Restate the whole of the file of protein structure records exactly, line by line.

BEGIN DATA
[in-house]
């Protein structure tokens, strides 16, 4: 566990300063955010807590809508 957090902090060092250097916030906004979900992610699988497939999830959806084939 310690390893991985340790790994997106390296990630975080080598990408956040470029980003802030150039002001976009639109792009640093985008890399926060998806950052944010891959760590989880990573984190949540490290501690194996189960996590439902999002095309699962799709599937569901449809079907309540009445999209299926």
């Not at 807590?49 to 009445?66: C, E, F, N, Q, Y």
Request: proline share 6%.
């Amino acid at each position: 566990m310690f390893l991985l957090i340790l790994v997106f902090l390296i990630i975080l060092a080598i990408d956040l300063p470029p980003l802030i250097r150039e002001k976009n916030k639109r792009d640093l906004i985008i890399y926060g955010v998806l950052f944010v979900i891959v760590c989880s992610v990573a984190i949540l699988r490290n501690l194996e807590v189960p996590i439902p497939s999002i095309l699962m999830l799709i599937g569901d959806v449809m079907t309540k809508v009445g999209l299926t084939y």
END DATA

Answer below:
[in-house]
């Protein structure tokens, strides 16, 4: 566990300063955010807590809508 957090902090060092250097916030906004979900992610699988497939999830959806084939 310690390893991985340790790994997106390296990630975080080598990408956040470029980003802030150039002001976009639109792009640093985008890399926060998806950052944010891959760590989880990573984190949540490290501690194996189960996590439902999002095309699962799709599937569901449809079907309540009445999209299926």
């Not at 807590?49 to 009445?66: C, E, F, N, Q, Y």
Request: proline share 6%.
């Amino acid at each position: 566990m310690f390893l991985l957090i340790l790994v997106f902090l390296i990630i975080l060092a080598i990408d956040l300063p470029p980003l802030i250097r150039e002001k976009n916030k639109r792009d640093l906004i985008i890399y926060g955010v998806l950052f944010v979900i891959v760590c989880s992610v990573a984190i949540l699988r490290n501690l194996e807590v189960p996590i439902p497939s999002i095309l699962m999830l799709i599937g569901d959806v449809m079907t309540k809508v009445g999209l299926t084939y």